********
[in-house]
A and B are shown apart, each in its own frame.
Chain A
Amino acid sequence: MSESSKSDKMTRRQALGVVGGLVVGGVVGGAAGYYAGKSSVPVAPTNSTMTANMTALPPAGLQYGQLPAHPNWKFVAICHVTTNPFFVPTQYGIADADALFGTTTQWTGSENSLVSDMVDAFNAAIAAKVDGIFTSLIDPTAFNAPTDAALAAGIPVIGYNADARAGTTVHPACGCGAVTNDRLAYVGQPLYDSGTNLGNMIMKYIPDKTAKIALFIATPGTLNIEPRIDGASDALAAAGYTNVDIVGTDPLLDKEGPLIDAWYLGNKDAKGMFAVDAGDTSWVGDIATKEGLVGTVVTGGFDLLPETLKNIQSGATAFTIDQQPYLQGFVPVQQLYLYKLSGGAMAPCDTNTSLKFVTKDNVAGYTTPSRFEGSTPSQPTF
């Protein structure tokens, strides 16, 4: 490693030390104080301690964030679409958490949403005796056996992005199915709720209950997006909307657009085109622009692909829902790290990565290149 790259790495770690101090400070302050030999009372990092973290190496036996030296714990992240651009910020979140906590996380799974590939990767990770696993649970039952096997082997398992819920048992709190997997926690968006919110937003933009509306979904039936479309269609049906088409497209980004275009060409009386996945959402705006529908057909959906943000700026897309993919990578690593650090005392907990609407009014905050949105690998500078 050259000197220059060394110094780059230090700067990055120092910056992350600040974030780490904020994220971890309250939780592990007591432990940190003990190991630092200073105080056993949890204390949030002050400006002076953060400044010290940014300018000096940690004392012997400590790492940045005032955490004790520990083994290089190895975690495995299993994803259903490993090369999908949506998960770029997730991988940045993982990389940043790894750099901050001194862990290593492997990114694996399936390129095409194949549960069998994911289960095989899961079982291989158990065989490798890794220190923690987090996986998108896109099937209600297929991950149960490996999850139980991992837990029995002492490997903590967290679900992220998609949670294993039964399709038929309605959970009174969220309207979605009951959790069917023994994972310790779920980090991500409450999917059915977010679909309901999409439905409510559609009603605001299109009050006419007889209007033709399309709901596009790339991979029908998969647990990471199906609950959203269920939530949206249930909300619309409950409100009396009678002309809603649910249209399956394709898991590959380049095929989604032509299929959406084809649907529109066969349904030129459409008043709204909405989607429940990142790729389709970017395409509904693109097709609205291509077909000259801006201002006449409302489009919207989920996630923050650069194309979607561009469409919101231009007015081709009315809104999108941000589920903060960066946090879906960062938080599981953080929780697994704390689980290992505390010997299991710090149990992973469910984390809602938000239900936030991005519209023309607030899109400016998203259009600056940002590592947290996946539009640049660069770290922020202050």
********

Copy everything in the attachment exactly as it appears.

[in-house]
A and B are shown apart, each in its own frame.
Chain A
Amino acid sequence: MSESSKSDKMTRRQALGVVGGLVVGGVVGGAAGYYAGKSSVPVAPTNSTMTANMTALPPAGLQYGQLPAHPNWKFVAICHVTTNPFFVPTQYGIADADALFGTTTQWTGSENSLVSDMVDAFNAAIAAKVDGIFTSLIDPTAFNAPTDAALAAGIPVIGYNADARAGTTVHPACGCGAVTNDRLAYVGQPLYDSGTNLGNMIMKYIPDKTAKIALFIATPGTLNIEPRIDGASDALAAAGYTNVDIVGTDPLLDKEGPLIDAWYLGNKDAKGMFAVDAGDTSWVGDIATKEGLVGTVVTGGFDLLPETLKNIQSGATAFTIDQQPYLQGFVPVQQLYLYKLSGGAMAPCDTNTSLKFVTKDNVAGYTTPSRFEGSTPSQPTF
């Protein structure tokens, strides 16, 4: 490693030390104080301690964030679409958490949403005796056996992005199915709720209950997006909307657009085109622009692909829902790290990565290149 790259790495770690101090400070302050030999009372990092973290190496036996030296714990992240651009910020979140906590996380799974590939990767990770696993649970039952096997082997398992819920048992709190997997926690968006919110937003933009509306979904039936479309269609049906088409497209980004275009060409009386996945959402705006529908057909959906943000700026897309993919990578690593650090005392907990609407009014905050949105690998500078 050259000197220059060394110094780059230090700067990055120092910056992350600040974030780490904020994220971890309250939780592990007591432990940190003990190991630092200073105080056993949890204390949030002050400006002076953060400044010290940014300018000096940690004392012997400590790492940045005032955490004790520990083994290089190895975690495995299993994803259903490993090369999908949506998960770029997730991988940045993982990389940043790894750099901050001194862990290593492997990114694996399936390129095409194949549960069998994911289960095989899961079982291989158990065989490798890794220190923690987090996986998108896109099937209600297929991950149960490996999850139980991992837990029995002492490997903590967290679900992220998609949670294993039964399709038929309605959970009174969220309207979605009951959790069917023994994972310790779920980090991500409450999917059915977010679909309901999409439905409510559609009603605001299109009050006419007889209007033709399309709901596009790339991979029908998969647990990471199906609950959203269920939530949206249930909300619309409950409100009396009678002309809603649910249209399956394709898991590959380049095929989604032509299929959406084809649907529109066969349904030129459409008043709204909405989607429940990142790729389709970017395409509904693109097709609205291509077909000259801006201002006449409302489009919207989920996630923050650069194309979607561009469409919101231009007015081709009315809104999108941000589920903060960066946090879906960062938080599981953080929780697994704390689980290992505390010997299991710090149990992973469910984390809602938000239900936030991005519209023309607030899109400016998203259009600056940002590592947290996946539009640049660069770290922020202050």